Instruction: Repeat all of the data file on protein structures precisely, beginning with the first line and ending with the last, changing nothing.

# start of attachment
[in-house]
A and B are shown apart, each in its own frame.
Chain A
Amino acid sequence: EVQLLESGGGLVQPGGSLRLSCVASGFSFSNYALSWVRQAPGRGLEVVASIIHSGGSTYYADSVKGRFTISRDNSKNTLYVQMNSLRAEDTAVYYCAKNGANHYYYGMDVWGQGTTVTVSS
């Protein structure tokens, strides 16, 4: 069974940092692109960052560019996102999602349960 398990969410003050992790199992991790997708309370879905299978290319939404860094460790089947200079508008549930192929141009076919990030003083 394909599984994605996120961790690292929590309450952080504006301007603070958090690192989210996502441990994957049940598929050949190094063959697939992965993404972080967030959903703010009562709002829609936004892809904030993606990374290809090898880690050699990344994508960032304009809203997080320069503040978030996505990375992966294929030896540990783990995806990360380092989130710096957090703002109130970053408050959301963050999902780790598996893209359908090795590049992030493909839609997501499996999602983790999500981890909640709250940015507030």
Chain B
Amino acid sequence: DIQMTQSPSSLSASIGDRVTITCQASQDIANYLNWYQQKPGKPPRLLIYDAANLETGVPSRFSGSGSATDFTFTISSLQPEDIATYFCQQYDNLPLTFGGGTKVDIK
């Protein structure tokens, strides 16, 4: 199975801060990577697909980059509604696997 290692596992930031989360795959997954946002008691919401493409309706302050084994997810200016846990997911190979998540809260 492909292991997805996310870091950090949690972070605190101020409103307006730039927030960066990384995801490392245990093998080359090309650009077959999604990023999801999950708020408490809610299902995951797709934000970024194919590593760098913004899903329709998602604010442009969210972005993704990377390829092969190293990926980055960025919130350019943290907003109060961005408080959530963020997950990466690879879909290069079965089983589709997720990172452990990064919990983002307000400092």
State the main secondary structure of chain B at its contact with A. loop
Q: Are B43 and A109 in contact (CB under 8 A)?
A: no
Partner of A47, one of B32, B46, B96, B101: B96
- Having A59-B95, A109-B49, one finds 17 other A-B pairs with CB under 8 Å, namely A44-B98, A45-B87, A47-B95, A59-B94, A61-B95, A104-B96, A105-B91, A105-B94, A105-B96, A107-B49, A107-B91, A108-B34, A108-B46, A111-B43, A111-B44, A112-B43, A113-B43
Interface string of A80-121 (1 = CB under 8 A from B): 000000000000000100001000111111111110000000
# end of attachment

[in-house]
A and B are shown apart, each in its own frame.
Chain A
Amino acid sequence: EVQLLESGGGLVQPGGSLRLSCVASGFSFSNYALSWVRQAPGRGLEVVASIIHSGGSTYYADSVKGRFTISRDNSKNTLYVQMNSLRAEDTAVYYCAKNGANHYYYGMDVWGQGTTVTVSS
């Protein structure tokens, strides 16, 4: 069974940092692109960052560019996102999602349960 398990969410003050992790199992991790997708309370879905299978290319939404860094460790089947200079508008549930192929141009076919990030003083 394909599984994605996120961790690292929590309450952080504006301007603070958090690192989210996502441990994957049940598929050949190094063959697939992965993404972080967030959903703010009562709002829609936004892809904030993606990374290809090898880690050699990344994508960032304009809203997080320069503040978030996505990375992966294929030896540990783990995806990360380092989130710096957090703002109130970053408050959301963050999902780790598996893209359908090795590049992030493909839609997501499996999602983790999500981890909640709250940015507030």
Chain B
Amino acid sequence: DIQMTQSPSSLSASIGDRVTITCQASQDIANYLNWYQQKPGKPPRLLIYDAANLETGVPSRFSGSGSATDFTFTISSLQPEDIATYFCQQYDNLPLTFGGGTKVDIK
């Protein structure tokens, strides 16, 4: 199975801060990577697909980059509604696997 290692596992930031989360795959997954946002008691919401493409309706302050084994997810200016846990997911190979998540809260 492909292991997805996310870091950090949690972070605190101020409103307006730039927030960066990384995801490392245990093998080359090309650009077959999604990023999801999950708020408490809610299902995951797709934000970024194919590593760098913004899903329709998602604010442009969210972005993704990377390829092969190293990926980055960025919130350019943290907003109060961005408080959530963020997950990466690879879909290069079965089983589709997720990172452990990064919990983002307000400092």
State the main secondary structure of chain B at its contact with A. loop
Q: Are B43 and A109 in contact (CB under 8 A)?
A: no
Partner of A47, one of B32, B46, B96, B101: B96
- Having A59-B95, A109-B49, one finds 17 other A-B pairs with CB under 8 Å, namely A44-B98, A45-B87, A47-B95, A59-B94, A61-B95, A104-B96, A105-B91, A105-B94, A105-B96, A107-B49, A107-B91, A108-B34, A108-B46, A111-B43, A111-B44, A112-B43, A113-B43
Interface string of A80-121 (1 = CB under 8 A from B): 000000000000000100001000111111111110000000